Title

Decoding Nonverbal Communication And Clinical Effectiveness

Date of Award

1982

Availability

Article

Degree Name

Doctor of Philosophy (Ph.D.)

Department

Counseling Psychology

Abstract

In an attempt to isolate and examine one counselor/therapist variable that successful clinicians have in common this study investigated the relationship between the counselor's ability to decode nonverbal communication and clinical effectiveness.The instrument used to measure the counselor's ability to decode nonverbal communication was the Profile of Nonverbal Sensitivity (PONS). The instruments used to measure client change, from which clinical effectiveness was inferred, were the Million Clinical Multiaxial Inventory (MCMI), the Rosenberg Self-Esteem Scale (RSE), and the Barrett-Lennard Relationship Inventory (BLRI). The MCMI was used to measure change in psychological symptoms. The RSE was used to measure change in self-esteem. The BLRI was used to measure perceived counselor offered facilitative conditions.Thirty counselors-in-training enrolled in a one semester Counseling Practicum at the University of Miami and one of each counselor's clients served as subjects for this study. The clients took the MCMI and RSE pre and post treatment. They also took the BLRI post treatment only.There was a significant (p (LESSTHEQ) .05) positive relationship between client improvement in psychological symptoms and counselor ability to decode nonverbal communication. In particular, there was a significant positive relationship in client improvement in the symptoms of anxiety (p (LESSTHEQ) .01) and depression (p (LESSTHEQ) .05) and counselor ability to decode nonverbal communication.Significance was not reached, however, between the relationships between change in self esteem, perceived counselor offered facilitativeness and counselor ability to decode nonverbal communication.It appears then that the ability to decode nonverbal communication has a relationship to clinical effectiveness and further research into this area is certainly warranted. The main research question that this study addressed itself to was: Is the ability to accurately decode nonverbal communication one of the characteristics of effective clinicians? The answer to that question is a qualified "yes".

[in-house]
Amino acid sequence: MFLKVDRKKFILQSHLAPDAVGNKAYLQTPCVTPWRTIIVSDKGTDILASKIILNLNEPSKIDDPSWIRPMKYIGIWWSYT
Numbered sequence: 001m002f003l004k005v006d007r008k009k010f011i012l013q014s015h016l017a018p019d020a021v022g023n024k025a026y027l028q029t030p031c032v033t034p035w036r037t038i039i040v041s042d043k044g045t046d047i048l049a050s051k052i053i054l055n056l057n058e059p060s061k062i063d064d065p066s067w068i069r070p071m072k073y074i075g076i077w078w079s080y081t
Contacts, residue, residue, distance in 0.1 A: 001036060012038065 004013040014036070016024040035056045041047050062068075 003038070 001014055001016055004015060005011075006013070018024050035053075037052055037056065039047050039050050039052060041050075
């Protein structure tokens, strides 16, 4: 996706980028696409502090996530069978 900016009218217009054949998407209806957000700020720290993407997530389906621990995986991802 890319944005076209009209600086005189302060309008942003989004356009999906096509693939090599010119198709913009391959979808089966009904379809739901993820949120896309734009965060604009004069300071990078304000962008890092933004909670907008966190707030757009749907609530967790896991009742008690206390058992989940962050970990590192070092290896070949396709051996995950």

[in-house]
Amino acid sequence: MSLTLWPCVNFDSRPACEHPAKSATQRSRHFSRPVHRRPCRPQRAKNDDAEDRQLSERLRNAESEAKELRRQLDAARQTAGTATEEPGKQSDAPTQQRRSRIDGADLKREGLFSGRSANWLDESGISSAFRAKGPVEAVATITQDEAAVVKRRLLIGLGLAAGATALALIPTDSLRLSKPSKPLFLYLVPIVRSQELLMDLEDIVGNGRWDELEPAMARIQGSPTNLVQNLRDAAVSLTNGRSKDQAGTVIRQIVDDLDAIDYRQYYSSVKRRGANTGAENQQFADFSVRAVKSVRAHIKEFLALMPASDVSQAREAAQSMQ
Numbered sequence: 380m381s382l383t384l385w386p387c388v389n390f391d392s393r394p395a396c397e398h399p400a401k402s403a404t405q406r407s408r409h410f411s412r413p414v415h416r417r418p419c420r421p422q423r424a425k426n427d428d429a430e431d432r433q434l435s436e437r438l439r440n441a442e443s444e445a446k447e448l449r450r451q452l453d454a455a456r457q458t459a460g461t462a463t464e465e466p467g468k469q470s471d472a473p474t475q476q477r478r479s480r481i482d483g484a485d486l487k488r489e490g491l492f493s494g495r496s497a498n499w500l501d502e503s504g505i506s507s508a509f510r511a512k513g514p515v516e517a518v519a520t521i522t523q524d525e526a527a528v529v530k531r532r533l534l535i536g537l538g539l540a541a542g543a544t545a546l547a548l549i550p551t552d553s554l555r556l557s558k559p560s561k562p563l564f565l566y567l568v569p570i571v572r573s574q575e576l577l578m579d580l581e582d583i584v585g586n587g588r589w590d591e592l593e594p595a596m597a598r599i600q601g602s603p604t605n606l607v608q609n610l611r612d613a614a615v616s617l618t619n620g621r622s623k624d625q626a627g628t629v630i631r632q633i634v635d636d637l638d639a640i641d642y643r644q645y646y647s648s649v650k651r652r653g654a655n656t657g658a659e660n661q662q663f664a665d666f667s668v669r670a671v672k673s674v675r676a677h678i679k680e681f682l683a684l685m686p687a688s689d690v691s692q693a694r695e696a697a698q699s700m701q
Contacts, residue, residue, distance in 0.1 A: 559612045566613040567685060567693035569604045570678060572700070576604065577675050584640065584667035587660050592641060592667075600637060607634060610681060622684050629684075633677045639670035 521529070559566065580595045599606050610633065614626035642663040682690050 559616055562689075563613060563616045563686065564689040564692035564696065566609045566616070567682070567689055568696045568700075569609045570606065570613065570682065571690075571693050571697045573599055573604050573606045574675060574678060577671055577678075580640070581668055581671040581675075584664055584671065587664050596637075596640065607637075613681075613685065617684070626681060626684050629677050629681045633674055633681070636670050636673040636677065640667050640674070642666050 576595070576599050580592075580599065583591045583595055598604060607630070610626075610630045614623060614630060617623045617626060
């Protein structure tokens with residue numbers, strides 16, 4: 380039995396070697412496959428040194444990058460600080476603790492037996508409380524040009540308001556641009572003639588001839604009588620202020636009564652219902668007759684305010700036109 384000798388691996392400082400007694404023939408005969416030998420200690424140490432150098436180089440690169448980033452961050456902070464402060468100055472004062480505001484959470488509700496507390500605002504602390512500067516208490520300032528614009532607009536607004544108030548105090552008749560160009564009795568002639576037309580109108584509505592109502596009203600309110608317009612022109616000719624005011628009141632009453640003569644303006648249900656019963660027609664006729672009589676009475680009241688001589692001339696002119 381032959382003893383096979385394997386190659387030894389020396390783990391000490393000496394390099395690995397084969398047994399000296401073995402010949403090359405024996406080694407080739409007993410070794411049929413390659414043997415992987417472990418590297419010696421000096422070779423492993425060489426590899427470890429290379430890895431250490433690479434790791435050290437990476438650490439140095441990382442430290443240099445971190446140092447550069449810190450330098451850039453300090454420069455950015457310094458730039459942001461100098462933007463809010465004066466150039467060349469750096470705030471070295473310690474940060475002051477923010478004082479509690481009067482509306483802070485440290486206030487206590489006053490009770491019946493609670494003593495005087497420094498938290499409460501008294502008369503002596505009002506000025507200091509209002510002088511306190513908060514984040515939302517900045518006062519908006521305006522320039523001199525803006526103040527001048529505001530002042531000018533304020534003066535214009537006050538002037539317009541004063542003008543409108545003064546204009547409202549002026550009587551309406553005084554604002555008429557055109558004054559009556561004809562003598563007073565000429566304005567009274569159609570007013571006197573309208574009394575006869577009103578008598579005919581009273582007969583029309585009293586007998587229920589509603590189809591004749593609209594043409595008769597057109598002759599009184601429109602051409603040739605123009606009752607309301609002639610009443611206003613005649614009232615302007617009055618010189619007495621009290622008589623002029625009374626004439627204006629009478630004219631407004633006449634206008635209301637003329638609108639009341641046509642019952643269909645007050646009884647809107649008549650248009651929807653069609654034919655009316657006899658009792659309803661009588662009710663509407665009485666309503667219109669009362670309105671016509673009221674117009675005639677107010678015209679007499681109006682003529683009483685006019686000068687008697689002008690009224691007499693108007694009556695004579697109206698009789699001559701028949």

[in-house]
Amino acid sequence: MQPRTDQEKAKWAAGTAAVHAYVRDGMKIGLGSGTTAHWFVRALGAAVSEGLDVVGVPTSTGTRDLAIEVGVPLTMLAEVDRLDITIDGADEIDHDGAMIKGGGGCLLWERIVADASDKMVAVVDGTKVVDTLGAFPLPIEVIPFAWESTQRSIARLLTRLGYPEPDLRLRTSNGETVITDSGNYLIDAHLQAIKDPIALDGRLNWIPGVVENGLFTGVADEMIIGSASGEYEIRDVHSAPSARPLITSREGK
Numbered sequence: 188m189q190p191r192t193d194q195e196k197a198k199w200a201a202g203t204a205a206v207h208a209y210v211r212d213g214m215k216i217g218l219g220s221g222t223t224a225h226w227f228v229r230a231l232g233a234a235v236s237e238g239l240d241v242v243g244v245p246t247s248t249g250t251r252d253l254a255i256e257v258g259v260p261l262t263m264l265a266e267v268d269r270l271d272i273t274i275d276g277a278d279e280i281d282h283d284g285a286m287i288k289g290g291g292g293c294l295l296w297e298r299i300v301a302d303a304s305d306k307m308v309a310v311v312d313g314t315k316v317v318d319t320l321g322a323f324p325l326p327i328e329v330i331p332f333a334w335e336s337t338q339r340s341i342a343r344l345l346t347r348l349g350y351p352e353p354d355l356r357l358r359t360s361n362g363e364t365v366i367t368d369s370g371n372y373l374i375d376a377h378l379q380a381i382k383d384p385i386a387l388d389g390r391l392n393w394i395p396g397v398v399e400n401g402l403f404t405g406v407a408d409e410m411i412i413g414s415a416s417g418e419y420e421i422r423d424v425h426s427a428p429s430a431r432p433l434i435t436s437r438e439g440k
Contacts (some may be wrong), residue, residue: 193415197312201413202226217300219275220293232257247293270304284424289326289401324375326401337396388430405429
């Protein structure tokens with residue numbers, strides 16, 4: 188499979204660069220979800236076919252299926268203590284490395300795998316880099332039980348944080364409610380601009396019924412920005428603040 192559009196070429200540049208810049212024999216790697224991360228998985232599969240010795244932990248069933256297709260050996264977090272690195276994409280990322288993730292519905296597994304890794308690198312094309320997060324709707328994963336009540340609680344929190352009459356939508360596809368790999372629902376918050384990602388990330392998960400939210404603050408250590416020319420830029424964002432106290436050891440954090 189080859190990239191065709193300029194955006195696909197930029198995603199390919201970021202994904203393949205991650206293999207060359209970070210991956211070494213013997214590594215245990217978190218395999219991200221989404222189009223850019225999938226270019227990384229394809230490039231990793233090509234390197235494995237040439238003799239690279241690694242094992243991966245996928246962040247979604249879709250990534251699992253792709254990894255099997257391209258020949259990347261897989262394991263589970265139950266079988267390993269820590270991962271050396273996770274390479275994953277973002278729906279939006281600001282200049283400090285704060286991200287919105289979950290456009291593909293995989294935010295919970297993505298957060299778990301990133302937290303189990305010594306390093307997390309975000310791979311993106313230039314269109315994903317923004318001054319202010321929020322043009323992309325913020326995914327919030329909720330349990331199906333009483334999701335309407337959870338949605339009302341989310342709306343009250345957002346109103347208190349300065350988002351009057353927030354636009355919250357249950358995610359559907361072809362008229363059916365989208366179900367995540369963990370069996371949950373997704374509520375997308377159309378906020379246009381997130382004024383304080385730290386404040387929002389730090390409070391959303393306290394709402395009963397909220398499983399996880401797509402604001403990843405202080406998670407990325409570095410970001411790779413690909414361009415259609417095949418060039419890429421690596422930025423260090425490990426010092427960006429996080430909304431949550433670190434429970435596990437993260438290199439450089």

Keywords

Education, Guidance and Counseling

Link to Full Text

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